Confusing? Crossing the border into the US is confusing? That’s what many visitors to TIF keep telling us. And my response is that those who are confused need to pay attention and forget the rumours.
Here’s a brush-up.
Keep this number in your head: 182 days, or 6 months (which, depending on the months you travel, could be a couple of days less or a couple of days more). That is the maximum amount of time you are allowed to be in the US over the course of a calendar year or the past 12 months.
That can be in one seamless stretch, say from November to April, as snowbirds do it; or it can be done in 12 trips of 15 days each; or one long trip and a few weekenders. And for those of you who live close to the border and are addicted to the price of US gas (or booze), it can mean even more frequent trips. But remember, once you set foot on US soil, you start counting. Put it this way—a single overnight trip is going to count as two days.
Art Lashbrook of Creston, BC, recently expressed confusion on this topic (see his comment). What the US border agents are really looking for are those travellers who overstay their 182-day “allowance.” When they see someone approaching the border who looks as if he or she doesn’t have a job, is vague about their destination, or doesn’t have a permanent home or bank account, border agents are not obligated to give them a 182-day pass. They can put them on a short leash, or deny them entry. They have that power.
Canadians do not have an inalienable right to spend half their life in the US. It is a privilege.
Part of the confusion Art may be referring to is that provincial governments have different rules and time limits on how long their residents can stay out of the country or their province before they lose their eligibility for government health insurance. Some travellers assume that because BC, Alberta, and Ontario allow their residents to be out of the province for up to seven months in a year, they can spend all that time in Arizona or Florida or Buffalo. No. Americans have their laws, Canadians theirs, and they don’t always mesh.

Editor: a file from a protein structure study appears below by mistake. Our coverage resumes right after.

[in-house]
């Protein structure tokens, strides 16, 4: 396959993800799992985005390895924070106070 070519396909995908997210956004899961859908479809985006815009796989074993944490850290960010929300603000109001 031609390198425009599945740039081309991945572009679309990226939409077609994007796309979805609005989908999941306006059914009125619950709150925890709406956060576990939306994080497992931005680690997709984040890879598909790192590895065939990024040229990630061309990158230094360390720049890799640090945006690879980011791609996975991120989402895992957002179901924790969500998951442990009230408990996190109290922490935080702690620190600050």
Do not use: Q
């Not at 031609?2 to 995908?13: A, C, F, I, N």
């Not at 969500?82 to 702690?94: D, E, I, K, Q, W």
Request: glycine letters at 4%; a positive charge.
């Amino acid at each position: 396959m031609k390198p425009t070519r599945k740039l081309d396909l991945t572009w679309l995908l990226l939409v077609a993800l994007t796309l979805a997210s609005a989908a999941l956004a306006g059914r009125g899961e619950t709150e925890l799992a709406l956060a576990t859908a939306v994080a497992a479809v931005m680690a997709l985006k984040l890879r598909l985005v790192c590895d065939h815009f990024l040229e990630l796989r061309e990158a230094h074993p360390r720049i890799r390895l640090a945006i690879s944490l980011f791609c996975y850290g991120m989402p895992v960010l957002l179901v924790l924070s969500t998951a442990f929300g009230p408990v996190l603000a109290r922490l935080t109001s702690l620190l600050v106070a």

We also get many queries from Canadians who believe that if they pay taxes to Uncle Sam they can stay in the US longer than 182 days. Not so. In fact, even if they stay for fewer than 182 days they can become residents for tax purposes. But if they are bona fide Canadian residents and they pay their taxes to Canadian governments, they can be excused from enriching the IRS by just filling out an 8840 form. But now I may be confusing you, so I will refer you to this link so you can figure out where you stand in terms of paying US taxes.
And if you remain confused, we’ll be here to try to de-confuse you.